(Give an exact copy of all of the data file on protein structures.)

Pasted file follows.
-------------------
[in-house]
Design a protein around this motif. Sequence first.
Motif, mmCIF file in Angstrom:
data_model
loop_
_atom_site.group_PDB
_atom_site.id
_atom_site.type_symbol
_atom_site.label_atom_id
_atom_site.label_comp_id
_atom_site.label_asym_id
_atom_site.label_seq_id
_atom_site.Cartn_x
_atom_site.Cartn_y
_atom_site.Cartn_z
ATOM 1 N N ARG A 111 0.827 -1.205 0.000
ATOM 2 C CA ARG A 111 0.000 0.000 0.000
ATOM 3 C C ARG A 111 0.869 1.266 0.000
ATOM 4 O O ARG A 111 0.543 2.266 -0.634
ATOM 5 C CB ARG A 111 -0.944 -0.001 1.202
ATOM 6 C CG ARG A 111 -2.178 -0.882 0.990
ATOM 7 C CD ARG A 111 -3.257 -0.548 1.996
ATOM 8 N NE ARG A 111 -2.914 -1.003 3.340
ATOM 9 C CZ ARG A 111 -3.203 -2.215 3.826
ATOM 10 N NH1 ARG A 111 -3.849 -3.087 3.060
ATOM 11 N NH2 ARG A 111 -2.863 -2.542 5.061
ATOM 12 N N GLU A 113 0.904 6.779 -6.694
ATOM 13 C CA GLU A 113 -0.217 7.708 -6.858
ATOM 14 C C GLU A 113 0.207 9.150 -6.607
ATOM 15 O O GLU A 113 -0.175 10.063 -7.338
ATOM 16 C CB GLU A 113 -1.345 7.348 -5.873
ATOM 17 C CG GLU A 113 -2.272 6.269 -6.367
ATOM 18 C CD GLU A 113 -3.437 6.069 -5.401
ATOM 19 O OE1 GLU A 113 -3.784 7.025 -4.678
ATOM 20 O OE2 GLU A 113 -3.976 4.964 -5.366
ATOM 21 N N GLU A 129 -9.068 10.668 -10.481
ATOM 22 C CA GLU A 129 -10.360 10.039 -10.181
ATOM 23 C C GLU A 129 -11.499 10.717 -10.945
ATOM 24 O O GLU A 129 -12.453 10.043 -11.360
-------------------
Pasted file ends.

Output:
[in-house]
Design a protein around this motif. Sequence first.
Motif, mmCIF file in Angstrom:
data_model
loop_
_atom_site.group_PDB
_atom_site.id
_atom_site.type_symbol
_atom_site.label_atom_id
_atom_site.label_comp_id
_atom_site.label_asym_id
_atom_site.label_seq_id
_atom_site.Cartn_x
_atom_site.Cartn_y
_atom_site.Cartn_z
ATOM 1 N N ARG A 111 0.827 -1.205 0.000
ATOM 2 C CA ARG A 111 0.000 0.000 0.000
ATOM 3 C C ARG A 111 0.869 1.266 0.000
ATOM 4 O O ARG A 111 0.543 2.266 -0.634
ATOM 5 C CB ARG A 111 -0.944 -0.001 1.202
ATOM 6 C CG ARG A 111 -2.178 -0.882 0.990
ATOM 7 C CD ARG A 111 -3.257 -0.548 1.996
ATOM 8 N NE ARG A 111 -2.914 -1.003 3.340
ATOM 9 C CZ ARG A 111 -3.203 -2.215 3.826
ATOM 10 N NH1 ARG A 111 -3.849 -3.087 3.060
ATOM 11 N NH2 ARG A 111 -2.863 -2.542 5.061
ATOM 12 N N GLU A 113 0.904 6.779 -6.694
ATOM 13 C CA GLU A 113 -0.217 7.708 -6.858
ATOM 14 C C GLU A 113 0.207 9.150 -6.607
ATOM 15 O O GLU A 113 -0.175 10.063 -7.338
ATOM 16 C CB GLU A 113 -1.345 7.348 -5.873
ATOM 17 C CG GLU A 113 -2.272 6.269 -6.367
ATOM 18 C CD GLU A 113 -3.437 6.069 -5.401
ATOM 19 O OE1 GLU A 113 -3.784 7.025 -4.678
ATOM 20 O OE2 GLU A 113 -3.976 4.964 -5.366
ATOM 21 N N GLU A 129 -9.068 10.668 -10.481
ATOM 22 C CA GLU A 129 -10.360 10.039 -10.181
ATOM 23 C C GLU A 129 -11.499 10.717 -10.945
ATOM 24 O O GLU A 129 -12.453 10.043 -11.360